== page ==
Ondot is a formidable competitor and is well positioned to be the market leader. Now it’s about how well they execute.
I have attended several Finovate events over the past few years in their exotic 🙂 locals of San Francisco, New York, London and Singapore. As a denizen of the south end of the San Francisco Bay Area, I was surprised and excited to see that the next FinovateSpring event will be hosted in San Jose at the City National Civic.
San Jose is roughly 50 miles south of San Francisco and has long time positioned itself as the capital of the famous (if not infamous) Silicon Valley. San Jose is home to many tech giants including eBay/PayPal and Cisco. Apple, Google, Yahoo and Facebook are located in cities just 20 minutes up the 101 or 85 freeways. San Jose is also home to the San Jose Sharks who are snapping at the heals of the LA Kings in divisional play offs.
Even though the San Jose area is home to many world famous brands, technologies and teams, it is NOT a booming cultural mecca of historical sites, tourist attractions and a bustling night life. In fact, the downtown San Jose area rolls up the sidewalks after work hours and most restaurants close down around 9pm. Unfortunately, any nightlife is limited to the standard “boom-chickaboom” type clubs that blare “Rhythm of the Night” on a speaker turned up to 11. Yes, I’m aware that I’m mashing together several pop culture references here.
So where to go and what to do when we all descend on San Jose for FinovateSpring on April 29 and 30? For starters, I’ve listed below a series of local restaurants that are great to host business dinners at and are within walking distance of the Civic.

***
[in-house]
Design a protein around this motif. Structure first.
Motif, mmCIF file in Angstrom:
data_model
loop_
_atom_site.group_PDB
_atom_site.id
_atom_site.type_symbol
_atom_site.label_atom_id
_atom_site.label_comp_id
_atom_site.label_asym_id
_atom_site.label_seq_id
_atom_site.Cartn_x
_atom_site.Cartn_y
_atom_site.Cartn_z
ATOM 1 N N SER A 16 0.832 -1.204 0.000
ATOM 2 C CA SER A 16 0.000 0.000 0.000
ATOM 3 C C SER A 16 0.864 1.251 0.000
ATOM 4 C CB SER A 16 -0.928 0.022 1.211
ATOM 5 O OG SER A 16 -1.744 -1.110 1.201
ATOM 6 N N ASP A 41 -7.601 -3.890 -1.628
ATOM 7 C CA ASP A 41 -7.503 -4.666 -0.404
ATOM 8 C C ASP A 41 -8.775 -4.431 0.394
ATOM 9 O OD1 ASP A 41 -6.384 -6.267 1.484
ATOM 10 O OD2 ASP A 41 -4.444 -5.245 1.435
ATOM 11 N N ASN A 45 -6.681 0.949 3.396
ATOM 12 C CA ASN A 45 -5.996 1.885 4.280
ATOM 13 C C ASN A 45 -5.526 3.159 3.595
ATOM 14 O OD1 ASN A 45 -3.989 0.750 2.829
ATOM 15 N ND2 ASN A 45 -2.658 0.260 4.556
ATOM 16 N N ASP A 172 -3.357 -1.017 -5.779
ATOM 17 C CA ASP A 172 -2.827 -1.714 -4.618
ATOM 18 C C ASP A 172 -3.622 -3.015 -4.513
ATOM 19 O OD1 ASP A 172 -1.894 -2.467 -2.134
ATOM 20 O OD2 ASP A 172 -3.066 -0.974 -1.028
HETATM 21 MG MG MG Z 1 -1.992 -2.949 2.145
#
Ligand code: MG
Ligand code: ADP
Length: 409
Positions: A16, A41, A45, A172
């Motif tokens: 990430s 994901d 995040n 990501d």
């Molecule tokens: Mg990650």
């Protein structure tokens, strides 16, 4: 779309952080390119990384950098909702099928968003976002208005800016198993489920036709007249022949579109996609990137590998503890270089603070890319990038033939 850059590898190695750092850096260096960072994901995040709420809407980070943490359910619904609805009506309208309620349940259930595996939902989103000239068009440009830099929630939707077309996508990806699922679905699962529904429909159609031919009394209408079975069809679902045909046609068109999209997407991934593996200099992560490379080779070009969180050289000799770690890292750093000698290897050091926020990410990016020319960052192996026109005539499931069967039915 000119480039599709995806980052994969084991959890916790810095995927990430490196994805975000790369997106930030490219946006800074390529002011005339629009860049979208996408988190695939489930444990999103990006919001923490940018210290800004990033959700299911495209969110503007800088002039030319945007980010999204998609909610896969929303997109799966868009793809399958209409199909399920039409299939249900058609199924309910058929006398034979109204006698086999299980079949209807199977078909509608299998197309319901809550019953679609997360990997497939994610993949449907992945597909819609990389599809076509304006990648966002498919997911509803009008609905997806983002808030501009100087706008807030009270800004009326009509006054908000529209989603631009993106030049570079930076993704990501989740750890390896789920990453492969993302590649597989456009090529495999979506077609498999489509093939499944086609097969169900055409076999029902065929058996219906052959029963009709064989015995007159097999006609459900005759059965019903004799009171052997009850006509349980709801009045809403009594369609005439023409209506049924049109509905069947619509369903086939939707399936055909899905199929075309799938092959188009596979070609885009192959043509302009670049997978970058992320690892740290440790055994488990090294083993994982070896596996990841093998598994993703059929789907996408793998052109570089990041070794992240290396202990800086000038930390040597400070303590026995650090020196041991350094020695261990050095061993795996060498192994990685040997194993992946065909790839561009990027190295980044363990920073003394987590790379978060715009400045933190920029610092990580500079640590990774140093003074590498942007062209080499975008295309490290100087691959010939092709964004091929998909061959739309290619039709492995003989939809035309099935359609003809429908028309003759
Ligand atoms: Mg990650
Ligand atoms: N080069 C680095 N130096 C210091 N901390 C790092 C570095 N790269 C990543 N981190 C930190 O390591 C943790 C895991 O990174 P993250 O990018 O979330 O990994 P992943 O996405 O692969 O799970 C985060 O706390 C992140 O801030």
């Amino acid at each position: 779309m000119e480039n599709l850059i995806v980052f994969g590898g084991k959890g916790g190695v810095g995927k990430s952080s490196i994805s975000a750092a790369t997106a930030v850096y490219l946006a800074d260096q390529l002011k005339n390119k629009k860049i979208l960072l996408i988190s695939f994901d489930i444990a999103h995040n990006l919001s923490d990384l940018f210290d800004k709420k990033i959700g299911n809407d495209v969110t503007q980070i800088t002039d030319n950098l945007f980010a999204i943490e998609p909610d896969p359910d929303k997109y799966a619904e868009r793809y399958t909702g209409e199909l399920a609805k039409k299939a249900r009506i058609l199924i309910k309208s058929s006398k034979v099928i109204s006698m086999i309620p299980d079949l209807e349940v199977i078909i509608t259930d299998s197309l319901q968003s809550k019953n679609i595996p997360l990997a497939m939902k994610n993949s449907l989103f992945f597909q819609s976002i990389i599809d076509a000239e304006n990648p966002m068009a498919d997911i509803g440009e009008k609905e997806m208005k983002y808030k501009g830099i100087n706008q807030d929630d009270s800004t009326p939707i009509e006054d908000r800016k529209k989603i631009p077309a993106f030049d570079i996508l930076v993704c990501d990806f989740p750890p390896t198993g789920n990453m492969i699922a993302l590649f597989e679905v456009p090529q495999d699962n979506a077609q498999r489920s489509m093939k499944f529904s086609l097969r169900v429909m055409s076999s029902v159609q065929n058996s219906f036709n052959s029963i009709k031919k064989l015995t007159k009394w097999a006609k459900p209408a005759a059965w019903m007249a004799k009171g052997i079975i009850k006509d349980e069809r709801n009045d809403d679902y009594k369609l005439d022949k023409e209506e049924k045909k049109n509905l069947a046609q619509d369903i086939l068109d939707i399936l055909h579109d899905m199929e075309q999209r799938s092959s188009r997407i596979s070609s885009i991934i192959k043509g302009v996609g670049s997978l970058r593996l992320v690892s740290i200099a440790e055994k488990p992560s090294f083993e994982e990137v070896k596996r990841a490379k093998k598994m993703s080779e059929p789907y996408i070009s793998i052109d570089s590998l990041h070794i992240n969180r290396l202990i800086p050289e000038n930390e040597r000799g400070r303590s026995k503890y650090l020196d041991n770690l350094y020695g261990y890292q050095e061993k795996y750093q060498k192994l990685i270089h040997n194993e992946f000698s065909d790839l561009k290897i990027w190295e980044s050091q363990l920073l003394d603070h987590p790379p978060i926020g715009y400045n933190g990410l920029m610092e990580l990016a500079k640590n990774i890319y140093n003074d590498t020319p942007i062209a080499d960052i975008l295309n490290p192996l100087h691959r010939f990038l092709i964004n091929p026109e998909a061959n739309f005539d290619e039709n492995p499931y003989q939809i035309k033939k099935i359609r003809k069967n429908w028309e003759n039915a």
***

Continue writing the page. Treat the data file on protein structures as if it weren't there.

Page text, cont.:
Original Joe’s – Does not accept reservations and good for smaller parties.
Il Fornaio – Accepts reservations and hosts larger parties.
The Grill – Accepts reservations and hosts larger parties.
Firehouse – Accepts reservations and hosts larger parties.
There are a few options for after dinner entertainment…but they are limited. The San Jose Sharks will be in Los Angeles unfortunately. However, there may be something happening at the SAP Center worth attending. The nearby Hotel De Anza and the Fairmont Hotel hosts jazz musicians in their lobbies most nights for something more low key. However, avoid the bars and club scene in downtown San Jose. There was a fatal stabbing at a bar just last week…and it even happened on a night early in the week.
As a resident of the south bay area, I recommend visiting the nearby town of Los Gatos. Los Gatos is a small town tucked to the side (map) of the Sillicon Valley and is a 15 min drive or cab ride South/West of San Jose. There are several great restaurants in the downtown area and many interesting bars for after dinner drinks and strategy sessions. “Rhythm of the Night” is seldom heard.
I’ve listed my favorites based on personal experience. I recommend making reservations at all restaurants for each is well known in the area.
Cabs can be hard to find in the area so ask the restaurant/bar host to call one for your party. Keep in mind that Los Gatos is also a great town to just walk around in too. If you are into exotic cars, the Los Gatos Luxury Cars dealership has a store on Main St where one can drool over Aston Martins, Bentleys and Lamborghinis. There are also several gift shops and clothes boutiques to purchase a peace offering for the home front. There is an Apple store too in case you forgot your iPhone charger at home.
I hope you enjoy FinovateSpring and have a chance to explore the Silicon Valley.
Like a good citizen of the FinTech community, I downloaded the major payments apps to my iPhone including PayPal, Square and Dwolla. I also searched for opportunities to add loyalty cards to my phone’s Passbook. I deposited a small amount in each payments app and added my Starbucks card to Passbook eager to make a payment with my mobile device. Unfortunately, each of these payments apps and features remain unopened after a year from downloading. I have not been successful in finding stores in my local area that accept payments from Square or PayPal or have a loyalty card compatible with Passbook, aside from Starbucks. To make matters worse, I typically just open up the Starbucks app directly and avoid Passbook all together! Clearly the mobile payments or wallet value chain is broken and innovators are struggling with defining how customers and businesses want to use the mobile device to drive their purchases.